The Red-bellied Woodpecker, Melanerpes carolinus, is a medium-sized woodpecker.
Adults are mainly light grey on the face and underparts; they have black and white barred patterns on their back, wings and tail. Adult males have a red cap going from the bill to the nape; females have a red patch on the nape and another above the bill. The red belly is difficult to view on a live bird.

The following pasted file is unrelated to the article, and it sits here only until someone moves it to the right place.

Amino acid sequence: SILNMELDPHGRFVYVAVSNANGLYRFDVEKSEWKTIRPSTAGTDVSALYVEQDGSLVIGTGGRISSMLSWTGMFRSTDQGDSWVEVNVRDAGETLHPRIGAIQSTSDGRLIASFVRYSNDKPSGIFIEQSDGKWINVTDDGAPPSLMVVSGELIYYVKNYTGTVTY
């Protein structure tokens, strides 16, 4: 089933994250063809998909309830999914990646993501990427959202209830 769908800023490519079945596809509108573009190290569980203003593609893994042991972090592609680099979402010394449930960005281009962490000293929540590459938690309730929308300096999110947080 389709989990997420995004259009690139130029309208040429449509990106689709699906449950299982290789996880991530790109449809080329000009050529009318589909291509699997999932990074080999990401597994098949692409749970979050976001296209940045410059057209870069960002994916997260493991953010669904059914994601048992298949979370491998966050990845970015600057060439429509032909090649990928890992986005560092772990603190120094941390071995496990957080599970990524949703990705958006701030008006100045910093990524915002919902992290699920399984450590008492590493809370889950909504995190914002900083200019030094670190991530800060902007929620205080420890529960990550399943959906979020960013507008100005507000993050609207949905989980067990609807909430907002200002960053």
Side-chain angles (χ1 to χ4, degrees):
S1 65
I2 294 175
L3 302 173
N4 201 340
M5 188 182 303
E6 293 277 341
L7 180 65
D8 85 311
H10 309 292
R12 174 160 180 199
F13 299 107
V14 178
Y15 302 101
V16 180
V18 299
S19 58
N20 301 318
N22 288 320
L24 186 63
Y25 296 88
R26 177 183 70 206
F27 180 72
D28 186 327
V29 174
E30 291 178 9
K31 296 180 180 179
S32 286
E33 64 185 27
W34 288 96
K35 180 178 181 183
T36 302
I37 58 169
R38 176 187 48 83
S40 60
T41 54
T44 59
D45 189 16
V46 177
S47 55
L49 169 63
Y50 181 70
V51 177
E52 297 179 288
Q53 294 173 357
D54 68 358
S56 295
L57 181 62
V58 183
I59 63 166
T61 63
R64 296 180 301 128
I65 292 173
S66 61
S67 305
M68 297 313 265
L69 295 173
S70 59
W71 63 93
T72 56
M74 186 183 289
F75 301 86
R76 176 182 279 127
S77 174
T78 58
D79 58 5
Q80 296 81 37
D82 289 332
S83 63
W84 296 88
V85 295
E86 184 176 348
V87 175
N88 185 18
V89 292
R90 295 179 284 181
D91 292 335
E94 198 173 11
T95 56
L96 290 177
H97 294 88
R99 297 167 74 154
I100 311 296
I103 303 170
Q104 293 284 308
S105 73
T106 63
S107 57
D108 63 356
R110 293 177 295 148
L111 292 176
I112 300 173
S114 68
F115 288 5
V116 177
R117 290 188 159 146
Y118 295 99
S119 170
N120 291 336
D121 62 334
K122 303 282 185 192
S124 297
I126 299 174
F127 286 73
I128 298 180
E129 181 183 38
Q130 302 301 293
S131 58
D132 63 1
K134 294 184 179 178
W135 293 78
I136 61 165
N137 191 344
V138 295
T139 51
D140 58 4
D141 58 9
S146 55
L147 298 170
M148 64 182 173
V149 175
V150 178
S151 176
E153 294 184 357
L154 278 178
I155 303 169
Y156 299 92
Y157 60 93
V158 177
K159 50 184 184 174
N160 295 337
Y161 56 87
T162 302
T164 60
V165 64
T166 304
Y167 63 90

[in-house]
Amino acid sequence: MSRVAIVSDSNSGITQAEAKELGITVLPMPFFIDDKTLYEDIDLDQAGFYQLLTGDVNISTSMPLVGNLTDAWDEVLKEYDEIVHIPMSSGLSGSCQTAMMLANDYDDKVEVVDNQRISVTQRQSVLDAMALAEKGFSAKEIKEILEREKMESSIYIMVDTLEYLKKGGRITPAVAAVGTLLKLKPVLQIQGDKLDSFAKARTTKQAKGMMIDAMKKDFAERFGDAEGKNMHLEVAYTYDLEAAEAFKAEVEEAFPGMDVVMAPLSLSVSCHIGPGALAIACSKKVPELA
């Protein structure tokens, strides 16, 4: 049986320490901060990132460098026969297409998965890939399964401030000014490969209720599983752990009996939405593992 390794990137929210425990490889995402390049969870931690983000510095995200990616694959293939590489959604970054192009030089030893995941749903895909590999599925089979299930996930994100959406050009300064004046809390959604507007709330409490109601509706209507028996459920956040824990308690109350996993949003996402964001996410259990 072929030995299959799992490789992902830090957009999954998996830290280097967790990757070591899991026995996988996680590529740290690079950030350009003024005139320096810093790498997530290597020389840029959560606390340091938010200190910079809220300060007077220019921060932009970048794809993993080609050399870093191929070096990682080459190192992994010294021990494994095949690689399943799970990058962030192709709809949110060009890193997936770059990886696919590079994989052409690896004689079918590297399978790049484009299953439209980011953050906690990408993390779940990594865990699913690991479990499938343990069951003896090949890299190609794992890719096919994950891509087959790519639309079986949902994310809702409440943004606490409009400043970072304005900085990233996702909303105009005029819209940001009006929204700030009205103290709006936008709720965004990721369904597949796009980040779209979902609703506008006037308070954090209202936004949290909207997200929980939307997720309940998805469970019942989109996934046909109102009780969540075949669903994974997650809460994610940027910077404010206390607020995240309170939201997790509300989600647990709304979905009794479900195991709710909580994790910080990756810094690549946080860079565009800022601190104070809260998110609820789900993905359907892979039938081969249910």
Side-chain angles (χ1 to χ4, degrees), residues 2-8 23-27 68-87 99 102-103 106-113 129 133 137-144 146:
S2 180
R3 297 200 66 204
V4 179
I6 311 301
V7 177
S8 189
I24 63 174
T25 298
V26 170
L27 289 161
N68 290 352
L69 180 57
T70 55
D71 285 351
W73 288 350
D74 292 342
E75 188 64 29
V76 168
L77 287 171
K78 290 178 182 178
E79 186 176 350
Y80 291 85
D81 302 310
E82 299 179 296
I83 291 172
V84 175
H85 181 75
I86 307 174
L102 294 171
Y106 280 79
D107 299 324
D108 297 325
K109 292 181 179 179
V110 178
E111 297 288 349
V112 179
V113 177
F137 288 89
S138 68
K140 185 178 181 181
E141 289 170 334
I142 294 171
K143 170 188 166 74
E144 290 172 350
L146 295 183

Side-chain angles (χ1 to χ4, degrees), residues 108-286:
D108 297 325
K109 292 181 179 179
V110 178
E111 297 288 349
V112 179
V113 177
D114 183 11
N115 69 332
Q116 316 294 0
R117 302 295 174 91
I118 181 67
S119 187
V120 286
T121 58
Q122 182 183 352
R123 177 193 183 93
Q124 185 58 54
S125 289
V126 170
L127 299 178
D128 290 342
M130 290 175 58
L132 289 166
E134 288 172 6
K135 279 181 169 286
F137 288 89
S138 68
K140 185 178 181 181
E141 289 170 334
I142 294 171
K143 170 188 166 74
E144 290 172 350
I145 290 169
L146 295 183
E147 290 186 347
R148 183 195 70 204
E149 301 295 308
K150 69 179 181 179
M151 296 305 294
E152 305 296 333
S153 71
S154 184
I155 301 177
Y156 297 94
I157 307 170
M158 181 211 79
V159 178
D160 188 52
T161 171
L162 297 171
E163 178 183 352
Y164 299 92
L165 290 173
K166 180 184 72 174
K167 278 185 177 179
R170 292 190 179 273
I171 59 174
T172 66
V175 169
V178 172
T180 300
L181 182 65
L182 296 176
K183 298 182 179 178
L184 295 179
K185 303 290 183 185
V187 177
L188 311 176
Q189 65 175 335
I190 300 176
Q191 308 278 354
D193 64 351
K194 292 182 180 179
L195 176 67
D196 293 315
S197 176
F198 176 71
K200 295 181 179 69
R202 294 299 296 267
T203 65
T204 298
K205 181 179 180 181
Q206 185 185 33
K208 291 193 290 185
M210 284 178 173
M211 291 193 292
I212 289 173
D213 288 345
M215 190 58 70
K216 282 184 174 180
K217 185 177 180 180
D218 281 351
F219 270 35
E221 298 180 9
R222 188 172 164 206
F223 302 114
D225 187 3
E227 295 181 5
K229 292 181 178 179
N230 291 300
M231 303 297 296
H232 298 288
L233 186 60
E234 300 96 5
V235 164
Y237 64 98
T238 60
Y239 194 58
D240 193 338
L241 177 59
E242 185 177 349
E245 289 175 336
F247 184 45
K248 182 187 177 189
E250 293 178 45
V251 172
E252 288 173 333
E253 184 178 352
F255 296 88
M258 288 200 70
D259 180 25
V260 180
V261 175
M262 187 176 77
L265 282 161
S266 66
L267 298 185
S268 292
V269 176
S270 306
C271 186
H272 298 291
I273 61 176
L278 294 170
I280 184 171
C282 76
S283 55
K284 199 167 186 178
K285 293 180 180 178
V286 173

Their breeding habitat is deciduous forests in southern Canada and the eastern United States. They nest in a cavity in a dead tree; the male begins excavation in several locations and the female selects the site.
They are permanent residents but may change location; some birds may wander north. In extreme weather, northern birds may move south.
These birds search out insects on tree trunks. They may also catch insects in flight. They are omnivores, eating insects, fruits, nuts and seeds.